Itaú BBA - COLOMBIA – Employment recovering in 3Q20

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COLOMBIA – Employment recovering in 3Q20

October 30, 2020

While the labor market is recovering, numerous uncertainties point to a gradual improvement ahead

As the mandatory quarantine was lifted in September, labor market dynamics continued to improve. In September, the urban unemployment rate came in at 18.3%, up 8.2pp from one year ago, but far milder than the 12.5pp average increase over the prior five months, suggesting the worst of the labor market adjustment has unfolded. The result came in above our 17.1% call, while close to the 18.1% market consensus. Overall, the national unemployment rate rose 5.5pp from last year to 15.8% in September to close the third quarter at 17.5% (20.3% in 2Q20). Total employment contracted 9.0% yoy in September, moderating from the registered drops since the start of the crisis (-19% on average between April and August). Meanwhile, the seasonally adjusted series shows employment rose 2.9% from August, building on the 7.6% previous gain. Additionally, participation is recovering, up to 60.2% in September and 58.9% in 3Q20 (54.8% in 2Q20), showing that the falling unemployment rate, at the margin, is being driven by job gains.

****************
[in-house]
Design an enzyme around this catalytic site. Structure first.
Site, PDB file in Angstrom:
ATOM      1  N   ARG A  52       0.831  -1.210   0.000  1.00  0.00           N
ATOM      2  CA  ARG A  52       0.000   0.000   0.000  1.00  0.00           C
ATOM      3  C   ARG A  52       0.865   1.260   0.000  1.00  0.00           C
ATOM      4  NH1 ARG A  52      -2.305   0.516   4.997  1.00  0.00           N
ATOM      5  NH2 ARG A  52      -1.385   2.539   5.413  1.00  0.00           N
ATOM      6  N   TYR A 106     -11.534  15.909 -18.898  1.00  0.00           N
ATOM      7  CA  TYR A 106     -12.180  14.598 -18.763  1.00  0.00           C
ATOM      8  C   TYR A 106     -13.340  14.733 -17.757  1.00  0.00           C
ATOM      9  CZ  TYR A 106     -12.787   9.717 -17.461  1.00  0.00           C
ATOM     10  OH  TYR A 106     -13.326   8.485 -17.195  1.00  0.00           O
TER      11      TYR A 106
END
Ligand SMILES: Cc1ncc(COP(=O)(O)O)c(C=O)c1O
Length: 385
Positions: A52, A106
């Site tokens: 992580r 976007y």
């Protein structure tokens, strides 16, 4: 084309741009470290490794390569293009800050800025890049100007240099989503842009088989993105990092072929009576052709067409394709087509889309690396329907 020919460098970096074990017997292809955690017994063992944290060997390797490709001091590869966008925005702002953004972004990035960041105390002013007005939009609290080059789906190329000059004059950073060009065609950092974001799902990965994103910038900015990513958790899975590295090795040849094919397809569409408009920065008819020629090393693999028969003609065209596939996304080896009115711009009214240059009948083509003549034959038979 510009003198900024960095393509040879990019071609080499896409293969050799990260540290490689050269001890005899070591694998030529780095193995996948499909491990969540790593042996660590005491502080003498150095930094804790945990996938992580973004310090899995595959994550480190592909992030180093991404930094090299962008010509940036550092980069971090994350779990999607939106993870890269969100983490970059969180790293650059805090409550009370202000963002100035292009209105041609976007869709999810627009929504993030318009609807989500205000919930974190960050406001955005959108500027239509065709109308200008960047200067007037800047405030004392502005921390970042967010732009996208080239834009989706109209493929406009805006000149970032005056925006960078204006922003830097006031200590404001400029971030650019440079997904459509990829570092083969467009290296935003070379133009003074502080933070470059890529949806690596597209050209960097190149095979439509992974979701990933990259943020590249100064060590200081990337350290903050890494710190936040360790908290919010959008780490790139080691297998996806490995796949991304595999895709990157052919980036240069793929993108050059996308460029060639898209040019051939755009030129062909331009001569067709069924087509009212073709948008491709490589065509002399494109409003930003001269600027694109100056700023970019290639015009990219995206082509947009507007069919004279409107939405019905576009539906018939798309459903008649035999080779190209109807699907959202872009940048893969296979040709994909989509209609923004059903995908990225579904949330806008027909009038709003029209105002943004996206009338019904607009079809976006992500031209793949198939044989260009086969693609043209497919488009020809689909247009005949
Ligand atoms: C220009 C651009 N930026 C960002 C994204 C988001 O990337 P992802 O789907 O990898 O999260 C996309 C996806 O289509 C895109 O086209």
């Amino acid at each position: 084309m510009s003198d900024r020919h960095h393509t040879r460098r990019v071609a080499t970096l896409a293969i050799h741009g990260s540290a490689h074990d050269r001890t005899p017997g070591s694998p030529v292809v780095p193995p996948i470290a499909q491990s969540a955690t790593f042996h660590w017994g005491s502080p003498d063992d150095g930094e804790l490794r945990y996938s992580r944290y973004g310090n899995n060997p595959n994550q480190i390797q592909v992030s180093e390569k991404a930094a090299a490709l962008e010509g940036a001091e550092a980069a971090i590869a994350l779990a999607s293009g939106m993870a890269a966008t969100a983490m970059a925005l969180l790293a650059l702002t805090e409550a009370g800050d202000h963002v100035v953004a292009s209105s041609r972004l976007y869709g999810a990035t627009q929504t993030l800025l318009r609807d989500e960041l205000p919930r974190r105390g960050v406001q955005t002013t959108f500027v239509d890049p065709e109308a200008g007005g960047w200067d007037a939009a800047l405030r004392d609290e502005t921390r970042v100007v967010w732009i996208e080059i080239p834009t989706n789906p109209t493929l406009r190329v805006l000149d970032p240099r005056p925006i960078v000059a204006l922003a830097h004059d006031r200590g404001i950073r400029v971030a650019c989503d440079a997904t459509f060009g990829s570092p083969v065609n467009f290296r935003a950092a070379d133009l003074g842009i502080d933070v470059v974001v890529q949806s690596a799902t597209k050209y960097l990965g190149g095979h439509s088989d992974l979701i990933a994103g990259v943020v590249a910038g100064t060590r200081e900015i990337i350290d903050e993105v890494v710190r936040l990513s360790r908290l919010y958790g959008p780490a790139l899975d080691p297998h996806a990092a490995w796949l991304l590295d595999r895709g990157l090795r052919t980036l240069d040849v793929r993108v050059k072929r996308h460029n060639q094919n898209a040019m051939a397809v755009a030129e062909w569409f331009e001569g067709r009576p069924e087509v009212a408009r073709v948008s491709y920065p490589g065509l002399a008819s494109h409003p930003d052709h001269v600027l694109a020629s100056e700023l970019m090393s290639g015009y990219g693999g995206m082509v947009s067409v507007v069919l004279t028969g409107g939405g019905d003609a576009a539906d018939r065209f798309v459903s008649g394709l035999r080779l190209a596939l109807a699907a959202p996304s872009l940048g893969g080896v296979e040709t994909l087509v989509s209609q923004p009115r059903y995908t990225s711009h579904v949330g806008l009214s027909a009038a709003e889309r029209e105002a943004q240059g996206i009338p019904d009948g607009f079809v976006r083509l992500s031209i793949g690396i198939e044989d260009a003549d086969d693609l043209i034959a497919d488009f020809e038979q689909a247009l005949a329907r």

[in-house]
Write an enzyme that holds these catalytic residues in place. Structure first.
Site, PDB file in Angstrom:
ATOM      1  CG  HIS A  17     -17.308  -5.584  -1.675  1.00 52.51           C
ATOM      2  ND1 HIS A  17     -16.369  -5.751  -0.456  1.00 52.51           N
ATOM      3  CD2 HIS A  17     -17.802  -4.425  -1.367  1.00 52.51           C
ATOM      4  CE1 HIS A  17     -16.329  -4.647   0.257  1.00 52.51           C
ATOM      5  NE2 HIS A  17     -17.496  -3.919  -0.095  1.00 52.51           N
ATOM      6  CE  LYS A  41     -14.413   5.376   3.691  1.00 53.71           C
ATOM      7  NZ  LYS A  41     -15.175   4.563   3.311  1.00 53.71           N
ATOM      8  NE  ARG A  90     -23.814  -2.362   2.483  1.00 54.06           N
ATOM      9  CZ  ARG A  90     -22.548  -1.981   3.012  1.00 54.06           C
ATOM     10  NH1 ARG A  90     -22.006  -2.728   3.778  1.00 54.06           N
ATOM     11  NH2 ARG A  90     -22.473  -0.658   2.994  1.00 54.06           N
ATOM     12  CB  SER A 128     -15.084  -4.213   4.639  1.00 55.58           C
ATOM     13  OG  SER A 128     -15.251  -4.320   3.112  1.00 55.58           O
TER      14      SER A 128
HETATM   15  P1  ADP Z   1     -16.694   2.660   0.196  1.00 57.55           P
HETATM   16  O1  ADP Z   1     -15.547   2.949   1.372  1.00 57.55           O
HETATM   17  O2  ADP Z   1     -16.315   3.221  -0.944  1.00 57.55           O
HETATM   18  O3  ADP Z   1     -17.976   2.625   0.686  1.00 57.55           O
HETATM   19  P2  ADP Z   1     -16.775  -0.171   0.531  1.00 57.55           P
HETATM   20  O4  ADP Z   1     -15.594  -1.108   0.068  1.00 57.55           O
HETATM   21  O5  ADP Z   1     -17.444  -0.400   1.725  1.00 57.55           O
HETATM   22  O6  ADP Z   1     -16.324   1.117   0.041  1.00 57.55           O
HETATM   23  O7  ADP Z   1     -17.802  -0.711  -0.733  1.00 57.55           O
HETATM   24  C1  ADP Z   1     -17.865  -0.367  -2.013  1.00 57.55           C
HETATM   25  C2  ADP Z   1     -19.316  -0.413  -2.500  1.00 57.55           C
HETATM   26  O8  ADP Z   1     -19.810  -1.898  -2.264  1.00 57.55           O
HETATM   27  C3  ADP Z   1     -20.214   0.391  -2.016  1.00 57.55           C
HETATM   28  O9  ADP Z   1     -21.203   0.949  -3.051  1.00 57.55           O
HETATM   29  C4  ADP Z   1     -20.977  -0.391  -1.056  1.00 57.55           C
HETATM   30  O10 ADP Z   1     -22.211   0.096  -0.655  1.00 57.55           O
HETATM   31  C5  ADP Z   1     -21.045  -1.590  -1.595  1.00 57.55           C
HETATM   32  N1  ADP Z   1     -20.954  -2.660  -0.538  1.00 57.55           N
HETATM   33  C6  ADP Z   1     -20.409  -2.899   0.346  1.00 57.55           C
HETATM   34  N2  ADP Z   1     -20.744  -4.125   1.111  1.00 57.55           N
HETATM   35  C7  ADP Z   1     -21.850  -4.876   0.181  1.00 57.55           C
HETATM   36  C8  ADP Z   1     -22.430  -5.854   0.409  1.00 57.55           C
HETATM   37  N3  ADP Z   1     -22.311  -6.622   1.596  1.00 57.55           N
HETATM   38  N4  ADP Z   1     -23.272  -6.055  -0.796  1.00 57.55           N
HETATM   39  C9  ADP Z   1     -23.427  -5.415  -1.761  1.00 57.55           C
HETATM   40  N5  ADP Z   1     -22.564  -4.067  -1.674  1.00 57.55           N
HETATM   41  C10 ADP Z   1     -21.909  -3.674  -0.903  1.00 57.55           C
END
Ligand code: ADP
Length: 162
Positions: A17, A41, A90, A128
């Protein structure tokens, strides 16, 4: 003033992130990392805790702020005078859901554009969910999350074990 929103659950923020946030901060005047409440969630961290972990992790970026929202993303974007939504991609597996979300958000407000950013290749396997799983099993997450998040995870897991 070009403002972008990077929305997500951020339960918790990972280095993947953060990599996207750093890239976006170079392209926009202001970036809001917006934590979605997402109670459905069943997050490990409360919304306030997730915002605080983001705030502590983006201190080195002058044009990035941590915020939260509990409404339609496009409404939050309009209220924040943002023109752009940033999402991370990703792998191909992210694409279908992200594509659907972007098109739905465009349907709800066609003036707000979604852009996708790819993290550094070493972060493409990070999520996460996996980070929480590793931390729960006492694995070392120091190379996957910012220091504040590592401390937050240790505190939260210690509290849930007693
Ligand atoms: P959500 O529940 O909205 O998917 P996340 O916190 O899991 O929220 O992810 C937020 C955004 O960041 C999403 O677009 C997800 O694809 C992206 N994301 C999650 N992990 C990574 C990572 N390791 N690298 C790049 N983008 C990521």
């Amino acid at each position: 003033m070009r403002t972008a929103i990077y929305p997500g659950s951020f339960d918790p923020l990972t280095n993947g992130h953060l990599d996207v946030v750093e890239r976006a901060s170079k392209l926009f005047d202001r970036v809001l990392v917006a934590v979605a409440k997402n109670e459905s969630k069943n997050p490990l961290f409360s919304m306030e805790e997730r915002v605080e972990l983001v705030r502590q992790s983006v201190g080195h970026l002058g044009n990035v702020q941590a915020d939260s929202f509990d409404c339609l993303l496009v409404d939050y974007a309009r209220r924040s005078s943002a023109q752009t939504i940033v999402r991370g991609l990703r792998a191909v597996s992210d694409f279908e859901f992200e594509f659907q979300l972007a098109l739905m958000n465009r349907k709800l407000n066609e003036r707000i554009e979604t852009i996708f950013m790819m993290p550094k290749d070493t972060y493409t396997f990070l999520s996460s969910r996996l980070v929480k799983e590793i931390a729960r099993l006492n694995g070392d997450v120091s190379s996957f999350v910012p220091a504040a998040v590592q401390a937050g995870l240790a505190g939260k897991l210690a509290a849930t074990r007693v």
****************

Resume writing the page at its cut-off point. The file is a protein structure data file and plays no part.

Self-employment is leading the job recovery, but gains are widespread. Self-employment shrunk 6.7% yoy in 3Q20, far milder than the 17.9% drop in 2Q20, in line with the lifting of the mandatory quarantine and the flexible nature of the category. Meanwhile, private salaried jobs declined 18.4% in 3Q20, also recovering from the 25.5% drop in 2Q20, reflecting the labor recovery is widespread and bodes well for consumption dynamics. By sector, the bulk of the recovery occurred in agriculture (-0.4% yoy vs. -12.4% in 2Q20), commerce (-12.7%, from -19.8% previously), construction (-9,1% yoy vs. -30.4% in 2Q20), manufacturing (-10.7% yoy vs. -30.0% in the previous quarter), and entertainment and recreation (-21.8% vs. -34.2% in 2Q20).

While the labor market is recovering, uncertainties around the economic bounce back and the onset of a second wave of the virus likely point to a gradual improvement ahead. We expect the unemployment rate to average 17% this year, up from 10.5% last year.

Miguel Ricaurte
Carolina Monzón

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